I absolutely love music, but apparently I do not often respond to its performance with prescribed, socially-sanctioned behaviors. Although I have vague memories that, at least in the context of compulsory elementary school performances, I may have actually been a decent dancer and furthermore that I may have actually enjoyed dancing, I don’t dance at all. I might occasionally take the liberty of nodding my head or tapping my feet to some music, but that would most likely be in the privacy of my own home, or the false privacy of my own car. My preferred stance for watching a musical concert is to sit or stand, probably with my arms folded. Symphony or jazz performances work out pretty well for me, but moving beyond those genres I am kind of at odds with the rest of the audience.
This stoicism with regards to musical performances has given me much social trouble and internal anguish for many years (cue the sorrowful strings and/or alienating electronic soundscapes). The first time I remember being cognizant of my socially-maladaptive-live-music-behavior was at a Yes concert my friend and I went to in high school. Even at that time, I was given to understand that going to a Yes concert as a teenager in 1996 was a somewhat nerdy thing to do. And yet as it turned out, I was far too cerebral even for this crowd. Throughout the opening set, played by none other than The Alan Parsons Project, (APP, as I have just monikered them, is the 80s band famous for “Sirius,” that dramatic arpeggio synth/guitar intro that they use to announce the home team players at every Utah Jazz game ever played, that also, when played on the classic soft rock radio stations, leads directly into their proto-Radiohead/Coldplay song “Eye in the Sky,” featuring the chorus, “I am the eye in the sky / Looking at you-ooh-ooh / I can read your mind?” That’s the Alan Parsons Project, and you’d better believe I saw them do it live), this fifty-year-old drunk guy sitting next to me was absolutely spazzing out, dancing, yelling, and swinging his arms all over the place. He inadvertently hit me a few times, and every time he did this and saw that I didn’t really appreciate it I received remonstrations from him and his wife for just standing there and not dancing or being more excited. Apparently I was not simply allowed to freak out and have a seizure over The Alan Parsons Project as they performed their opening set, but I was expected to do so. Also, apparently I’ve never enjoyed life.
Fast forward through the years, and I’ve only gotten worse in regards to correct concert behavior. A year or so after that Yes concert I saw Pearl Jam play a huge benefit concert at High School Memorial Stadium in their home town of Seattle. Pretty cool, right? I haven’t told you how at this General Admission concert, with plenty of room everywhere, I was sitting far, far away from the stage up in the bleachers of the stadium. Also I have not disclosed that I was sitting next to my parents in those faraway seats; they came not for even the slightest love of Pearl Jam or rock music, but because while on family vacation they wouldn’t let me go to a concert by myself in a strange town. Not wanting to destroy my hopes of seeing my favorite band (at the time) perform, they insisted on coming with me and were extremely nice in their paranoid over-protection. To be honest, though, I’m not sure if my behavior at that concert would have been any different had I been there by myself. I may have wandered around the stadium a bit more, but I’m not sure if I would have dared descend to the field in front of the stage where all the action was, among all the people who really “loved the music.” The concert was alright. The sound was tinny, I could barely see the band, and Eddie embarrassed me by swearing a whole bunch in front of my parents, which was kind of lame.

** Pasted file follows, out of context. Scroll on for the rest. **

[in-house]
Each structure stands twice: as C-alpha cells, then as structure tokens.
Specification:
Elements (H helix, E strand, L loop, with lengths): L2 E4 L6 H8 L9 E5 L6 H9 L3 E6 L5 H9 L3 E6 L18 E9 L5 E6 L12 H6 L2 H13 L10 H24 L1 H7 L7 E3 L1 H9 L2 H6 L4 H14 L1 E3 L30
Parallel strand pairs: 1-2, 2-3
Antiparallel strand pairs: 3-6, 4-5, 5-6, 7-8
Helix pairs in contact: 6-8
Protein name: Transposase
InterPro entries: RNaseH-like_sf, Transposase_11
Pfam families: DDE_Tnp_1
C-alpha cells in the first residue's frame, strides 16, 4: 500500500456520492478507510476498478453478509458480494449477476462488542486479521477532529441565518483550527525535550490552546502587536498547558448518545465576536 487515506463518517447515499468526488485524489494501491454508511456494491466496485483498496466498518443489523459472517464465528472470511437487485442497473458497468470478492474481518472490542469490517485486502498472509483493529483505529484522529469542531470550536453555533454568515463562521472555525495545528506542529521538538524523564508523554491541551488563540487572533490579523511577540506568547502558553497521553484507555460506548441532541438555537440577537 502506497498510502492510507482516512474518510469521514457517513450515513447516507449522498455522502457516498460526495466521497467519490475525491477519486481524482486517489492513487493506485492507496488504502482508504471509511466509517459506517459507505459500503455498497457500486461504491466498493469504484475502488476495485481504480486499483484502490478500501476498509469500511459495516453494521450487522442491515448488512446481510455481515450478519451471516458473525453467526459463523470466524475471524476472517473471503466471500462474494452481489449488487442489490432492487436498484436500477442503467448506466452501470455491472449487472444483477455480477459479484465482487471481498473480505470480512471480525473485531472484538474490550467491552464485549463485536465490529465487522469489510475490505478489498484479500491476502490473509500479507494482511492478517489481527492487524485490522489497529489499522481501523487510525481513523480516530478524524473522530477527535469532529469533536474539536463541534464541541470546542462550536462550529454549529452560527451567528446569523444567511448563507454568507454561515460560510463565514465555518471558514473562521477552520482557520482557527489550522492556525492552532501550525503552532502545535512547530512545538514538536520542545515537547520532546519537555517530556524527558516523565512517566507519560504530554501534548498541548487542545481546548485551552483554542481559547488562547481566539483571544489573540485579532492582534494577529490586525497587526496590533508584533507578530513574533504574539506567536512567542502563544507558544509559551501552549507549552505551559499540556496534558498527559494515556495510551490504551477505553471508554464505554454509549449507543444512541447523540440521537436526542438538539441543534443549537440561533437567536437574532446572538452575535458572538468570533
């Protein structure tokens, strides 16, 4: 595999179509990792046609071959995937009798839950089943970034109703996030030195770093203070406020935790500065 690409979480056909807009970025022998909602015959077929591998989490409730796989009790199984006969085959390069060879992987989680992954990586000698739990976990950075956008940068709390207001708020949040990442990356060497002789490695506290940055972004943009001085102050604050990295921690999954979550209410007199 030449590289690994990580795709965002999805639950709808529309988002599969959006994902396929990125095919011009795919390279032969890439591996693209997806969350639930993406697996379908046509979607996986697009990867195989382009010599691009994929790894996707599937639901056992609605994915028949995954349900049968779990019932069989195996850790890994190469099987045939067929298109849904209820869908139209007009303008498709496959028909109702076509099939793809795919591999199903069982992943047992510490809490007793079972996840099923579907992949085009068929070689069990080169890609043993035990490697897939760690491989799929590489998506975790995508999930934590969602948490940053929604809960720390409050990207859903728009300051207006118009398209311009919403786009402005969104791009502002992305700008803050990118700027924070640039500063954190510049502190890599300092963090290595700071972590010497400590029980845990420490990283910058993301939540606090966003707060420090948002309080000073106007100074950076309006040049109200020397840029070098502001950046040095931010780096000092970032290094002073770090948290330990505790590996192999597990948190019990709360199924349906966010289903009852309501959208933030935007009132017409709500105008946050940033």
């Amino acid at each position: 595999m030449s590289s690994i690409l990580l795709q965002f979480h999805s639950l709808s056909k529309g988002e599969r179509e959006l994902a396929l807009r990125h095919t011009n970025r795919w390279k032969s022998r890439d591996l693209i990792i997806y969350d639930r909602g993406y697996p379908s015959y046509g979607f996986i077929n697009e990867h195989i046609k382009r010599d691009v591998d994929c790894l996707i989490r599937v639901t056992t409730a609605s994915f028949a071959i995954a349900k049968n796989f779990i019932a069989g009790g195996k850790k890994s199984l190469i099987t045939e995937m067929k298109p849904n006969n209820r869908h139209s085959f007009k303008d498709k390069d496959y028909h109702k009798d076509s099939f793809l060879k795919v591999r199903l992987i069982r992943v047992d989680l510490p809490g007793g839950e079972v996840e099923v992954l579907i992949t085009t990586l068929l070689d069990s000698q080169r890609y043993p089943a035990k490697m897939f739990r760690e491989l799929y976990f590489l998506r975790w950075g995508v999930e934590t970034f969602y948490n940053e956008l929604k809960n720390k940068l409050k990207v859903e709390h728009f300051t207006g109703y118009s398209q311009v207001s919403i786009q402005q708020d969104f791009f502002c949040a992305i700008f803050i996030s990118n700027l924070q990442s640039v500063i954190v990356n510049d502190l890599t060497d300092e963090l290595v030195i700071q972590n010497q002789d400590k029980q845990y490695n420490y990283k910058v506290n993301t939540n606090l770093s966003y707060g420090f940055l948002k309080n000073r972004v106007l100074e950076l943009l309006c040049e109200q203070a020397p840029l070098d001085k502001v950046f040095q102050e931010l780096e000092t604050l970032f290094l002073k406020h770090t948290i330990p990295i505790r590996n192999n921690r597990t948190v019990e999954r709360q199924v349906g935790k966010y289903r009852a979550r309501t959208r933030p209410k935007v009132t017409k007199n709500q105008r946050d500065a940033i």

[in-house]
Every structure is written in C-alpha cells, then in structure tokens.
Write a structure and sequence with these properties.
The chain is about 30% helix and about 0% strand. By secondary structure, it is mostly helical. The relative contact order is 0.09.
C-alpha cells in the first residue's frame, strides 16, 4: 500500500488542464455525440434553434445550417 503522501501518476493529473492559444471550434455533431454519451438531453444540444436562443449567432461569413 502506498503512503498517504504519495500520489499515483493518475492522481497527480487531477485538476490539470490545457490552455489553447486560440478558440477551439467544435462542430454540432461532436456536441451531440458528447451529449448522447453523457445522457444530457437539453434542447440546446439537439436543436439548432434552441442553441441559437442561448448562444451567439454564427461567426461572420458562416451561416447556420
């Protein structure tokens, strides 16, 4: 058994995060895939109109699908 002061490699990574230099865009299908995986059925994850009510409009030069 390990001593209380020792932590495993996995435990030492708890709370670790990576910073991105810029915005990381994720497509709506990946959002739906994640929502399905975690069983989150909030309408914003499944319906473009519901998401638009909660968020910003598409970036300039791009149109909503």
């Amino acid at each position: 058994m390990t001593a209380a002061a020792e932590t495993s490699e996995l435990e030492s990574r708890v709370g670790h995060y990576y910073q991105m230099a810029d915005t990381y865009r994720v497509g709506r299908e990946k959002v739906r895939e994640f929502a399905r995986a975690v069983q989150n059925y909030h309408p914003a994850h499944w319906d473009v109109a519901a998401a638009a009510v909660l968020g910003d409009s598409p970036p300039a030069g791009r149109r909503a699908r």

Since then, I have pretty much never gone to concerts. Like I said, I do love music. I have daydreamed and conjectured as to how certain songs or bands sound when played live. I’m curious to see how people manipulate their instruments, and how their voices sound live. I even made this list about a year ago, after finally going to see one of my favorite bands (Broken Social Scene) perform live at a free concert.
But when artists whose records I have pined over for years roll into town, I suddenly find that I am not that interested in going. I fear that they may not live up to my expectations. I don’t have anyone to go with, or I don’t know where the venue is, or I am afraid I won’t know how to navigate all the weird private club business in Utah because I never do it otherwise, or I won’t act appropriately. I won’t dance when I’m supposed to dance. I won’t be wearing the right clothes. I’ll be too old, or too young. I won’t be drunk. I won’t be screaming at the top of my lungs. I generally just won’t fit in with the theoretical crowd of my imaginings. I can think of tons and tons of reasons why I might be uncomfortable and not enjoy the concert, and these worries combine to ruin whatever positive experience I might have listening to the music and watching the musicians.
A case in point would be the aforementioned Broken Social Scene concert. They performed an outdoor concert at the Gallivan Center in Salt Lake City, part of the city’s free summer concert series. For years I had wanted to see BSS live. From what I had read in a couple of interviews and reviews of their concerts, I had intuited that certain songs that on their records featured inscrutable vocals buried low in the mix, or that had been otherwise remixed and deconstructed into oblivion, would be recast as dynamic rockers when played live. On this count my intuitions were correct: the Scene contrast their occasional “shyness” on tape with a robust, celebratory, collective performance. They interact with the crowd, they are good showmen, they have great energy and a strong collection of songs, and musically they have a looseness and a swagger, operating practically like a jam band without the long, tepid noodling. In other words, they are a great rock group.